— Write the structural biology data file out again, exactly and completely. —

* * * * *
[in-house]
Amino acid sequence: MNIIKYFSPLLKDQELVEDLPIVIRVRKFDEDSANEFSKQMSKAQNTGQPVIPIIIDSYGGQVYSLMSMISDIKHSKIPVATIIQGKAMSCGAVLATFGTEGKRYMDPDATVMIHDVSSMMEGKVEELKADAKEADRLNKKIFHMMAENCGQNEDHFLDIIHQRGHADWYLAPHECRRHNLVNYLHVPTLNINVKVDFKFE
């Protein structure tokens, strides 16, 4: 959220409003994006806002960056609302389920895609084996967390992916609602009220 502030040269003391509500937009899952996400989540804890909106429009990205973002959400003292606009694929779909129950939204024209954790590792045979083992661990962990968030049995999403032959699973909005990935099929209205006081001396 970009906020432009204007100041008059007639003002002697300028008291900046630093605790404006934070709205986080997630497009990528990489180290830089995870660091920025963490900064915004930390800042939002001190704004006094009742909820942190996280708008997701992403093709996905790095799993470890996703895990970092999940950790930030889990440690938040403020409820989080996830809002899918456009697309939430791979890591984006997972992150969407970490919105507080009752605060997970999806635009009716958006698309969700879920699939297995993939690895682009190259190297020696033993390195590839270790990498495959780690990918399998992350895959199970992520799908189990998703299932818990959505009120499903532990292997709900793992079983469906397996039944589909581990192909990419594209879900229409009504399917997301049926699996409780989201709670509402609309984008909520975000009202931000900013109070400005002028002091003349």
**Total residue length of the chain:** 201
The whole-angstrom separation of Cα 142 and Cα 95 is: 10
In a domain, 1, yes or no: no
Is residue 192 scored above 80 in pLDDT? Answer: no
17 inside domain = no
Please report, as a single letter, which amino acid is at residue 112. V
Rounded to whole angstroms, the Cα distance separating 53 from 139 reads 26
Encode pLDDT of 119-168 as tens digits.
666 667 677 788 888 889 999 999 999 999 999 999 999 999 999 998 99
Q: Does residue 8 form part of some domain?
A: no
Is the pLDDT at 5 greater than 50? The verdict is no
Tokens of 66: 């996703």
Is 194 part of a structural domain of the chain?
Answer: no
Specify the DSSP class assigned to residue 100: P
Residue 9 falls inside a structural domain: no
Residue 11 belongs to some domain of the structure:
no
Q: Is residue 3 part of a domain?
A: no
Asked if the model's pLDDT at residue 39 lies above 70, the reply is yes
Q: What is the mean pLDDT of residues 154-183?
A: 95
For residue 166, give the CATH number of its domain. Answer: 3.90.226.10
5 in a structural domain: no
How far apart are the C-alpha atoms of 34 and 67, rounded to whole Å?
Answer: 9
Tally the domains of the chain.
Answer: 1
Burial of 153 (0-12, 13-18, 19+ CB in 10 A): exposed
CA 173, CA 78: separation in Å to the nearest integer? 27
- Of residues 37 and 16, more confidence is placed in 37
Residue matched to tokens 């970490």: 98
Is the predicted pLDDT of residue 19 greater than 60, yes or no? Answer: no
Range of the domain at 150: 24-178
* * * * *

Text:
[in-house]
Amino acid sequence: MNIIKYFSPLLKDQELVEDLPIVIRVRKFDEDSANEFSKQMSKAQNTGQPVIPIIIDSYGGQVYSLMSMISDIKHSKIPVATIIQGKAMSCGAVLATFGTEGKRYMDPDATVMIHDVSSMMEGKVEELKADAKEADRLNKKIFHMMAENCGQNEDHFLDIIHQRGHADWYLAPHECRRHNLVNYLHVPTLNINVKVDFKFE
């Protein structure tokens, strides 16, 4: 959220409003994006806002960056609302389920895609084996967390992916609602009220 502030040269003391509500937009899952996400989540804890909106429009990205973002959400003292606009694929779909129950939204024209954790590792045979083992661990962990968030049995999403032959699973909005990935099929209205006081001396 970009906020432009204007100041008059007639003002002697300028008291900046630093605790404006934070709205986080997630497009990528990489180290830089995870660091920025963490900064915004930390800042939002001190704004006094009742909820942190996280708008997701992403093709996905790095799993470890996703895990970092999940950790930030889990440690938040403020409820989080996830809002899918456009697309939430791979890591984006997972992150969407970490919105507080009752605060997970999806635009009716958006698309969700879920699939297995993939690895682009190259190297020696033993390195590839270790990498495959780690990918399998992350895959199970992520799908189990998703299932818990959505009120499903532990292997709900793992079983469906397996039944589909581990192909990419594209879900229409009504399917997301049926699996409780989201709670509402609309984008909520975000009202931000900013109070400005002028002091003349």
**Total residue length of the chain:** 201
The whole-angstrom separation of Cα 142 and Cα 95 is: 10
In a domain, 1, yes or no: no
Is residue 192 scored above 80 in pLDDT? Answer: no
17 inside domain = no
Please report, as a single letter, which amino acid is at residue 112. V
Rounded to whole angstroms, the Cα distance separating 53 from 139 reads 26
Encode pLDDT of 119-168 as tens digits.
666 667 677 788 888 889 999 999 999 999 999 999 999 999 999 998 99
Q: Does residue 8 form part of some domain?
A: no
Is the pLDDT at 5 greater than 50? The verdict is no
Tokens of 66: 């996703």
Is 194 part of a structural domain of the chain?
Answer: no
Specify the DSSP class assigned to residue 100: P
Residue 9 falls inside a structural domain: no
Residue 11 belongs to some domain of the structure:
no
Q: Is residue 3 part of a domain?
A: no
Asked if the model's pLDDT at residue 39 lies above 70, the reply is yes
Q: What is the mean pLDDT of residues 154-183?
A: 95
For residue 166, give the CATH number of its domain. Answer: 3.90.226.10
5 in a structural domain: no
How far apart are the C-alpha atoms of 34 and 67, rounded to whole Å?
Answer: 9
Tally the domains of the chain.
Answer: 1
Burial of 153 (0-12, 13-18, 19+ CB in 10 A): exposed
CA 173, CA 78: separation in Å to the nearest integer? 27
- Of residues 37 and 16, more confidence is placed in 37
Residue matched to tokens 């970490």: 98
Is the predicted pLDDT of residue 19 greater than 60, yes or no? Answer: no
Range of the domain at 150: 24-178